The Trans Pacific Partnership negotiations concluded early this morning in Atlanta with the 12 countries reaching agreement on the remaining outstanding issues. The U.S. quickly posted a summary of the TPP and the Canadian government has followed with its own package on the deal. At a just-concluded ministerial press conference, the ministers noted that this is one step in a longer process. The text itself must still be finalized and then each country will have its own rules before signing onto it. In the U.S., there is a review period with the full text, so this will be a 2016 issue. In Canada, new treaties must be tabled for review in the House of Commons, so there will be a Parliamentary review.
With the election only two weeks away, that means that there will be no text to review before the national vote. Instead, Canadians will face a barrage of TPP claims:
- the Conservatives will argue that the deal benefits the Canadian economy and assure those negatively affected that there are measures in place to assist them. Issues such as an extension of the term of copyright (the government summary of the IP chapter does not reference term), new patent protections, restrictions on digital privacy protections, and the investor-state dispute resolution system that could lead to multi-million dollar lawsuits against the government will be largely ignored or characterized as the price to be paid for a deal. There will be no compensation for Canadians that lose access to public domain works for decades or find that their personal information is not stored in Canada due to anti-data localization provisions.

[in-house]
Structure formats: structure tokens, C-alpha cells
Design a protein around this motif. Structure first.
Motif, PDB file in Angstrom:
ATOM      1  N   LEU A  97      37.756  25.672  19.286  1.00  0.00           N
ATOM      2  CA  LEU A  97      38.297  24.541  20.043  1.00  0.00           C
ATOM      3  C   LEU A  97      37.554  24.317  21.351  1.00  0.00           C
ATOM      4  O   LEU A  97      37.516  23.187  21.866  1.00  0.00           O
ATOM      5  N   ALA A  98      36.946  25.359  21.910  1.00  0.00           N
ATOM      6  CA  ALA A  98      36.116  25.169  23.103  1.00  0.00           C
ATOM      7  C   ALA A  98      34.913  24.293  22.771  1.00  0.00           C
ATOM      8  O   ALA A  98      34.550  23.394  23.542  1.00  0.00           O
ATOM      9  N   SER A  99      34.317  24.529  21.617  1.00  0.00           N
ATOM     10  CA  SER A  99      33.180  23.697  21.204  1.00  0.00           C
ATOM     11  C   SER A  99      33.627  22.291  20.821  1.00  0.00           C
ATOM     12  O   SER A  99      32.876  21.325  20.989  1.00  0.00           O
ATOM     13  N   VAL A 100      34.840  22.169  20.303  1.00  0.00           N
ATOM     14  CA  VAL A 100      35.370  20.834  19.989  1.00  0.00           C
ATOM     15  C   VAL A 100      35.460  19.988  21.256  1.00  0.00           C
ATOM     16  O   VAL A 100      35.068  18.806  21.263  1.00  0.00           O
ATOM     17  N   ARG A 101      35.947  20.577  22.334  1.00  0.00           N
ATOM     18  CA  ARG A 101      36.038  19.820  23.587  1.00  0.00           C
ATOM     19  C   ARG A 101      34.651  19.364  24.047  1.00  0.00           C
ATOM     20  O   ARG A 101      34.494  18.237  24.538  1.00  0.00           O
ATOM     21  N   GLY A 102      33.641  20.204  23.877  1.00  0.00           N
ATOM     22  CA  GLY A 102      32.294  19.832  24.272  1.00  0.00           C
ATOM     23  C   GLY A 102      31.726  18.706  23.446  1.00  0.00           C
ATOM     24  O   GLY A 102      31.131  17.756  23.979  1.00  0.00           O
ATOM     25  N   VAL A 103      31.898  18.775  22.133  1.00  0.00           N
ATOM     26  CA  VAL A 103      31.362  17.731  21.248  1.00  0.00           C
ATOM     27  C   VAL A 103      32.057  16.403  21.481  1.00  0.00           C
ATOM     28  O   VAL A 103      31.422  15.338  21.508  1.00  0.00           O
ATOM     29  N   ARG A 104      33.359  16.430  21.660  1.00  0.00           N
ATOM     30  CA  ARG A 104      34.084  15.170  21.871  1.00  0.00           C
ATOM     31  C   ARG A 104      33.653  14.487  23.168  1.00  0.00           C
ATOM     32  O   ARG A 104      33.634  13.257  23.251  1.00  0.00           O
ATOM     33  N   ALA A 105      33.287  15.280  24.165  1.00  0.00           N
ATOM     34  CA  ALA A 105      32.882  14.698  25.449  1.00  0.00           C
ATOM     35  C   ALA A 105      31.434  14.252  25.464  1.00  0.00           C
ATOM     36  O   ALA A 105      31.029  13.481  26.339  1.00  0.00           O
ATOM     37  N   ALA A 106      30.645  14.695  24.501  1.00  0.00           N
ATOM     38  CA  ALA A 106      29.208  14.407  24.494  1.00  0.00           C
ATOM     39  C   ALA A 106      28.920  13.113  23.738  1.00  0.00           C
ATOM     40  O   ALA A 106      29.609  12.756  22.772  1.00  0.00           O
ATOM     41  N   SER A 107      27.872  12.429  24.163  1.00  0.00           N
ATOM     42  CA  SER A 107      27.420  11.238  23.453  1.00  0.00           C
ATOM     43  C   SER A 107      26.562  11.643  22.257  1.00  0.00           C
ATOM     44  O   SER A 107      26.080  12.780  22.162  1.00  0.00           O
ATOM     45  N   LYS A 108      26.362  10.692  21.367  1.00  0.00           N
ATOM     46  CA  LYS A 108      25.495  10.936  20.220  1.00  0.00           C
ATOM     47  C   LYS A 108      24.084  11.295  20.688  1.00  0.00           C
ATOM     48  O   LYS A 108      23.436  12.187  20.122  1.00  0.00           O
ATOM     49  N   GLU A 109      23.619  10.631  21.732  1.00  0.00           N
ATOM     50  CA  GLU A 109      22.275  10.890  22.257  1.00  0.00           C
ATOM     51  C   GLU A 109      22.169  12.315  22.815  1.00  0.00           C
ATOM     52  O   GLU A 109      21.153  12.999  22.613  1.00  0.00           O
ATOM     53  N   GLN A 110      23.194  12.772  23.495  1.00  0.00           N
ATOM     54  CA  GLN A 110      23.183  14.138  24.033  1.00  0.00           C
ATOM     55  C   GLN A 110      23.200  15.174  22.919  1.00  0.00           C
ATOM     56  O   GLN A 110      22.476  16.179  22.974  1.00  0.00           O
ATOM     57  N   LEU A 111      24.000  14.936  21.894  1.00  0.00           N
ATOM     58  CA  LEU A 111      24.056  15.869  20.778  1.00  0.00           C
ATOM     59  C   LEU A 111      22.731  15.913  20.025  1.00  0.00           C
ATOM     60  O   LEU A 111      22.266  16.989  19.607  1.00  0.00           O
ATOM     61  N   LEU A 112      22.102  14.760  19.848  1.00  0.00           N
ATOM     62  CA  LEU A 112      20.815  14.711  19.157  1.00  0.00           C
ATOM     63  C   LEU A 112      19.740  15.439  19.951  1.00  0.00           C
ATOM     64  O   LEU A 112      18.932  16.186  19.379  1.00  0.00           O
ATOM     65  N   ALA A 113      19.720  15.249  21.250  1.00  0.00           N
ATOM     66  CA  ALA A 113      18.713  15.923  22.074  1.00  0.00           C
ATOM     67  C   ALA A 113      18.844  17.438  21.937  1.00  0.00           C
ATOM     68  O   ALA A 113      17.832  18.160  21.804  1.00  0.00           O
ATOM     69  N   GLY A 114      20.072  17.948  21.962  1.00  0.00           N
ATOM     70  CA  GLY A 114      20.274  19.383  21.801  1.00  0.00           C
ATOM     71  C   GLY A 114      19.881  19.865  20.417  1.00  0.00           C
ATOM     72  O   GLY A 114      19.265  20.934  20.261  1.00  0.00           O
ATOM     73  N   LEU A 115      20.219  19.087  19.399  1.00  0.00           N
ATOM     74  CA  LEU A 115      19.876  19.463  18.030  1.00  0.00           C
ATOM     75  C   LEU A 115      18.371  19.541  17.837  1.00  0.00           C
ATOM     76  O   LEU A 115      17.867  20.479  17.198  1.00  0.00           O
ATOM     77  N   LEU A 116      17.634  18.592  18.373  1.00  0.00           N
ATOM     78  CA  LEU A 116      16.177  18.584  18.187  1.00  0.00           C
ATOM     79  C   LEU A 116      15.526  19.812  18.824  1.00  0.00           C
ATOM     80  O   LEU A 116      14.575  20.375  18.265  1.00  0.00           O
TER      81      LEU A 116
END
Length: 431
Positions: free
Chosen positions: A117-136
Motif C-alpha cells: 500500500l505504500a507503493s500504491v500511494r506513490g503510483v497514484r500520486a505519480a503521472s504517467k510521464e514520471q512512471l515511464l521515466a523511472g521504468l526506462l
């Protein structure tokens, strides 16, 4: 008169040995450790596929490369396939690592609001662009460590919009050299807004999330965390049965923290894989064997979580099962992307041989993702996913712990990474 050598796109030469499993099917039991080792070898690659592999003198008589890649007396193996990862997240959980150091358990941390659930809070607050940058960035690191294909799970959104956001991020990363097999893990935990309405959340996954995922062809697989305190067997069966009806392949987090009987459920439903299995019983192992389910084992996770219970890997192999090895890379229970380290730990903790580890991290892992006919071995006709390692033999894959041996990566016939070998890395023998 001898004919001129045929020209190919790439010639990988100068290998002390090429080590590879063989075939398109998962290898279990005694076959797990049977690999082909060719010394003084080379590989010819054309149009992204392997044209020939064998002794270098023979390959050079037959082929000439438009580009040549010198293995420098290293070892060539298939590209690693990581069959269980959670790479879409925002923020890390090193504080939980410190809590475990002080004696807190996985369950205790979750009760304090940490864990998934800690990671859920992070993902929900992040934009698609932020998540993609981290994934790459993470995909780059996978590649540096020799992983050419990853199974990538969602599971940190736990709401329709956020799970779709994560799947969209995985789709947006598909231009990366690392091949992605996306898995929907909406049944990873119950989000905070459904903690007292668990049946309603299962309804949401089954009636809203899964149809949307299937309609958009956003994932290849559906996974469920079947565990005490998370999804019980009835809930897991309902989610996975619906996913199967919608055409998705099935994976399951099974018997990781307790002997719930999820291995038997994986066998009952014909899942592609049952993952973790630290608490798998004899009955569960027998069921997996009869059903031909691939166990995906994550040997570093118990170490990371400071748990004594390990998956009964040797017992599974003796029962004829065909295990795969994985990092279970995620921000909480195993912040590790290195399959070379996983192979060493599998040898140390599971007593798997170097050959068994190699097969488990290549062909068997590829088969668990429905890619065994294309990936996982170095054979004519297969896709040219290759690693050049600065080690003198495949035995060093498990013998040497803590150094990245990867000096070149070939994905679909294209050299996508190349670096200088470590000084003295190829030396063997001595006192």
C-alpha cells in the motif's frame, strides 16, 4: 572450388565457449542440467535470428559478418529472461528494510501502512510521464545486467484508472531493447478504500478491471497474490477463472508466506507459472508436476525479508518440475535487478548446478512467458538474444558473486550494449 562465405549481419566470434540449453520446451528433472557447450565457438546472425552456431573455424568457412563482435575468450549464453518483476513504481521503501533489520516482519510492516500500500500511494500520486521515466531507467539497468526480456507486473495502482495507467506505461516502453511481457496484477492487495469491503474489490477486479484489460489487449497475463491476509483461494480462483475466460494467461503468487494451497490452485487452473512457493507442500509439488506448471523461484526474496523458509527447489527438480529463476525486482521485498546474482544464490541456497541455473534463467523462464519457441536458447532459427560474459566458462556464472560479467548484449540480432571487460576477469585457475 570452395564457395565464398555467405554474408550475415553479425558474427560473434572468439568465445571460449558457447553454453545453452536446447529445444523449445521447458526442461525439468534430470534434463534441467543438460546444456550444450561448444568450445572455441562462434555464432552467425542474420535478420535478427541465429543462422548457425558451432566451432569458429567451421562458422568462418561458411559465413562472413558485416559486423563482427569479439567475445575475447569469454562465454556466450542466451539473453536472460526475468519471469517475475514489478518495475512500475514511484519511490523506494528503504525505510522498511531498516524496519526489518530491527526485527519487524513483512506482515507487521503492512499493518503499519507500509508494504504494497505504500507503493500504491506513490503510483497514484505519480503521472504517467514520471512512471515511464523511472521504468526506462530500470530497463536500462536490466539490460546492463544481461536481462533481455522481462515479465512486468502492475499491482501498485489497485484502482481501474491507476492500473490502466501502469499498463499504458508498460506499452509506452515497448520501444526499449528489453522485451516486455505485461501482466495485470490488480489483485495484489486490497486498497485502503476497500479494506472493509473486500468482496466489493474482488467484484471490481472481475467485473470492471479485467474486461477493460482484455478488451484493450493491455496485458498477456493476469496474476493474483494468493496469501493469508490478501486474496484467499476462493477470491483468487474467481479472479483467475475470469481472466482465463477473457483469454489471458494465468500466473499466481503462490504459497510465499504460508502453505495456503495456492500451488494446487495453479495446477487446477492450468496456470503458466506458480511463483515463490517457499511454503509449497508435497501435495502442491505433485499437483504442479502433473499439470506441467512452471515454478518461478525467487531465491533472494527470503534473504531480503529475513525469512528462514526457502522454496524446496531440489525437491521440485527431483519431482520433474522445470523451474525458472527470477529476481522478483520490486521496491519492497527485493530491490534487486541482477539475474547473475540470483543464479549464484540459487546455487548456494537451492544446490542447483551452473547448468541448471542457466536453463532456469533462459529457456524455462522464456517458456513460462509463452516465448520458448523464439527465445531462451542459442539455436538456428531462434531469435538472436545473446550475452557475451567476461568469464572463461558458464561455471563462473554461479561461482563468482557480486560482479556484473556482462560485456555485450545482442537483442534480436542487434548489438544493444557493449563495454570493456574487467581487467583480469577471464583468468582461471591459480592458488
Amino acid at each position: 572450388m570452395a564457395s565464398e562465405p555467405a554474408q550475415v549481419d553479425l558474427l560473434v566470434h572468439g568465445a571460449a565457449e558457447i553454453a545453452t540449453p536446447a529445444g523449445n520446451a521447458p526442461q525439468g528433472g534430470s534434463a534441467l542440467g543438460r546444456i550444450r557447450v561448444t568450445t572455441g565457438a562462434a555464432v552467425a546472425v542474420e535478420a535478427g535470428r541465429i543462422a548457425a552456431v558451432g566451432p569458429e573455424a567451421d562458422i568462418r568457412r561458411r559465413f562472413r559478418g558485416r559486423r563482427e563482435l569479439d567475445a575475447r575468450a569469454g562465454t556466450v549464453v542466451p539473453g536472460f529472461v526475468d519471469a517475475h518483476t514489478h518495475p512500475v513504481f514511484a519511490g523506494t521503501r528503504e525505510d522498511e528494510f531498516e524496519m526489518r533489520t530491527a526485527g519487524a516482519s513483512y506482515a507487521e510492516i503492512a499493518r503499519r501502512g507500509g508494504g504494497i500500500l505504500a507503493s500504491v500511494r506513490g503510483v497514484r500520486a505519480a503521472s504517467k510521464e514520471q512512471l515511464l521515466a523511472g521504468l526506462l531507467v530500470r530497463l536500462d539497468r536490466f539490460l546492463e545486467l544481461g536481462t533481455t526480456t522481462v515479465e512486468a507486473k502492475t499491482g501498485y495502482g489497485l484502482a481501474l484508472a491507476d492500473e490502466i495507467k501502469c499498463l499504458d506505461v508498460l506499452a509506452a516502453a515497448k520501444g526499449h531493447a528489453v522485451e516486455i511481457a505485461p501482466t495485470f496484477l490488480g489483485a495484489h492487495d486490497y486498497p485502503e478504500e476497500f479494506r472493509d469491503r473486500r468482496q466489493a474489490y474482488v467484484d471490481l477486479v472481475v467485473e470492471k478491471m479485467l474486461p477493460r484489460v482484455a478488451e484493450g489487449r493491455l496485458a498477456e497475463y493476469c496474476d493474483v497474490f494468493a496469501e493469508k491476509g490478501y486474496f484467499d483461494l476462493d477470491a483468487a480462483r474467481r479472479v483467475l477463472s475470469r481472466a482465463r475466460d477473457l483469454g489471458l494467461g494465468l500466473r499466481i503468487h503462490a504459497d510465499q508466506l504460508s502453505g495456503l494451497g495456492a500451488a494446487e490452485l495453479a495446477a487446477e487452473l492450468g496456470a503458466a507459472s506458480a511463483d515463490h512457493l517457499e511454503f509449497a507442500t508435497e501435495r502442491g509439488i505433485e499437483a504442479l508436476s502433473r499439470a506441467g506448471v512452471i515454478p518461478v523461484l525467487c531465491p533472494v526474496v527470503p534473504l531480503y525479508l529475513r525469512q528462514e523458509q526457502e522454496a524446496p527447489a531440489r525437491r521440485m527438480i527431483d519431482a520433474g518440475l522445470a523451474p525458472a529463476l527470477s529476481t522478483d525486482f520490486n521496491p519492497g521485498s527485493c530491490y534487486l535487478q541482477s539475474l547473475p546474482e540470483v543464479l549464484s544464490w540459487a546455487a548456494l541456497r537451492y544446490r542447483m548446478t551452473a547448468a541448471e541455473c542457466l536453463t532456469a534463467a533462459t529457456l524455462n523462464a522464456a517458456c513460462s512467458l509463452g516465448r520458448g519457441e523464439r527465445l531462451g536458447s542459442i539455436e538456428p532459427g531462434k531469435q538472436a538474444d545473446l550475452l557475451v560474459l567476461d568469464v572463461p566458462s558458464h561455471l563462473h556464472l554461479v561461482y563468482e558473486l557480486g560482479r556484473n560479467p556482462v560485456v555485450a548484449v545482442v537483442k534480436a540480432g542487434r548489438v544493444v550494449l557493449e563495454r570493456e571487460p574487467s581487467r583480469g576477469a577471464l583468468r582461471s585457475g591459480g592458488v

- the Liberals will largely punt on the issue, arguing that the party favours free trade agreements but that it can’t take a position on a deal it has not seen or studied.
- the NDP will ramp up anti-TPP discussion, though last week’s letter from NDP leader Tom Mulcair to the Minister Ed Fast primarily states that the NDP is not bound by any agreement signed by the Conservative government. As noted above, there is no agreement to sign before the election.
- business groups, who supposedly have not seen the agreement, will quickly issue press releases extolling its benefits. The concerns of groups such as Medicines Sans Frontiers, who point to the increased costs of pharmaceuticals, will not receive as much attention.
- the benefits of free trade will be the focus of many commentaries, painting opponents of the TPP as out-of-touch with global norms and the broader benefits that come with trade. Largely ignored will be that the TPP is about far more than market access with many of the most controversial elements involving regulatory or legal changes that export U.S. laws to other countries. Moreover, it bears mentioning again that Canada already has trade agreements with many of the key TPP countries including the U.S., Mexico, Chile, and Peru, thereby limiting the likely net benefits for Canada.
Notwithstanding the initial press coverage, without a text or any further leadership debates, it seems unlikely that the TPP will become a major election issue over the last 14 days of the campaign.